President Obama apologized Thursday for the accidental burning of Qurans by U.S. forces in Afghanistan as anti-American demonstrations raged for a third consecutive day, leaving two American troops and at least five Afghans dead and 26 Afghans wounded nationwide.
At one such demonstration outside a U.S. base in Khogyani, in the eastern province of Nangarhar, a protester who was wearing an Afghan army uniform opened fire, killing the two soldiers, officials said.
Adding to a chorus of profuse apologies from U.S. officials over the burning incident, Obama wrote a three-page letter to Afghan President Hamid Karzai on bilateral relations that included "an expression of his regret and apologies for the inappropriate and inadvertent mishandling of religious materials," White House spokesman Jay Carney said.
Karzai's office demanded that the coalition bring to justice as soon as possible those responsible for burning Qurans and other Islamic religious materials Monday at Bagram, a major air base north of Kabul used by American forces. The latest embarrassing incident to mar U.S. efforts to withdraw its forces from Afghanistan, it has led to a series of demonstrations that could grow today, with large crowds expected to gather after weekly prayers.
GOP presidential candidate Newt Gingrich expressed outrage over the U.S. apology.
Campaigning in Washington state, Gingrich said Karzai owes the United States an apology for the shootings of U.S. troops and that the Afghans "do not deserve the apology of the United States."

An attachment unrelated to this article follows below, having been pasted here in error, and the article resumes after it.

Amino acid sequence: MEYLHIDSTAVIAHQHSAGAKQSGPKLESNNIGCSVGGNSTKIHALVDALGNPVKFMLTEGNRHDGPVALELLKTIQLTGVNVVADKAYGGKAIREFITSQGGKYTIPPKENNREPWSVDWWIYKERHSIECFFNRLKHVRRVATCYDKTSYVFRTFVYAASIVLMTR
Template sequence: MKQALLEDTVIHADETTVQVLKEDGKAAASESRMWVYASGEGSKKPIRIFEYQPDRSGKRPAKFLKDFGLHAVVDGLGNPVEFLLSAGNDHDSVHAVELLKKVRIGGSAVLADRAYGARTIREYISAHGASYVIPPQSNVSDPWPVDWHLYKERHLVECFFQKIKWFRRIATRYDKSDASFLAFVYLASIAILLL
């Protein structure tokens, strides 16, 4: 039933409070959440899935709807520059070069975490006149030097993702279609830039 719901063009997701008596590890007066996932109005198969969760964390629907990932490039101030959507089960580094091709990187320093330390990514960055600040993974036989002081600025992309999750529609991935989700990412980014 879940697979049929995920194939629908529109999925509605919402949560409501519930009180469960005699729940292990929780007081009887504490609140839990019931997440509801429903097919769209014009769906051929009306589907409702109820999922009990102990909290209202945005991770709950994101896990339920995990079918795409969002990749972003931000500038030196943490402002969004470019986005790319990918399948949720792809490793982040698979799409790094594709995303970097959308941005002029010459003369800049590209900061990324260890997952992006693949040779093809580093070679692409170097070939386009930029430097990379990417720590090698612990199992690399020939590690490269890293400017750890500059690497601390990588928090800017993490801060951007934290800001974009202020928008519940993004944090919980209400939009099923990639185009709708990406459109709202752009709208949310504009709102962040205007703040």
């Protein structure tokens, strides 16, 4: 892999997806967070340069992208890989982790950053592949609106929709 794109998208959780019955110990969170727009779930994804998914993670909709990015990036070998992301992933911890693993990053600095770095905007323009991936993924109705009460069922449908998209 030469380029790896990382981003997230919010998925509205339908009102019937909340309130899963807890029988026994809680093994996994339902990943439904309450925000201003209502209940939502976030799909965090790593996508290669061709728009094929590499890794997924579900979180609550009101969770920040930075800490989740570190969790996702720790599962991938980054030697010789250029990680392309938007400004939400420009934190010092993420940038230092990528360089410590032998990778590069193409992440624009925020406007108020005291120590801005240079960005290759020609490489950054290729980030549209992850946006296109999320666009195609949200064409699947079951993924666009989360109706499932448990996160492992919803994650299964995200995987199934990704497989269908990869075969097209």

Hundreds of Afghans reportedly demonstrated Thursday, occasionally clashing with Afghan security forces deployed to quell the unrest. Reports from provincial officials said that two Afghans were killed in Uruzgan province, in southern Afghanistan, and others died in Baghlan, Laghman and Nangarhar provinces.
While the protests so far have appeared to be spontaneous outpourings of public anger, the Taliban ratcheted up their rhetoric Thursday, issuing a statement that encouraged Afghans to kill foreign troops and not to rely on "mere protests and empty slogans."
"Kill them, beat them, take them as prisoners and teach them such a lesson that they never summon the courage to abuse the holy Quran again," the Taliban statement said.
Coalition forces and international agencies were bracing for further mass demonstrations today, the Muslim holy day.
U.S. and Afghan investigators are probing the incident at Bagram, but Pentagon officials backed off of a promise to release a statement of their findings Thursday, saying the inquiry wasn't complete.
Some initial reports -- as yet unconfirmed -- had suggested that a coalition commander ordered the Qurans and other materials destroyed because inmates at the Bagram detention facility were placing messages in them to one another.
The Associated Press contributed to this report.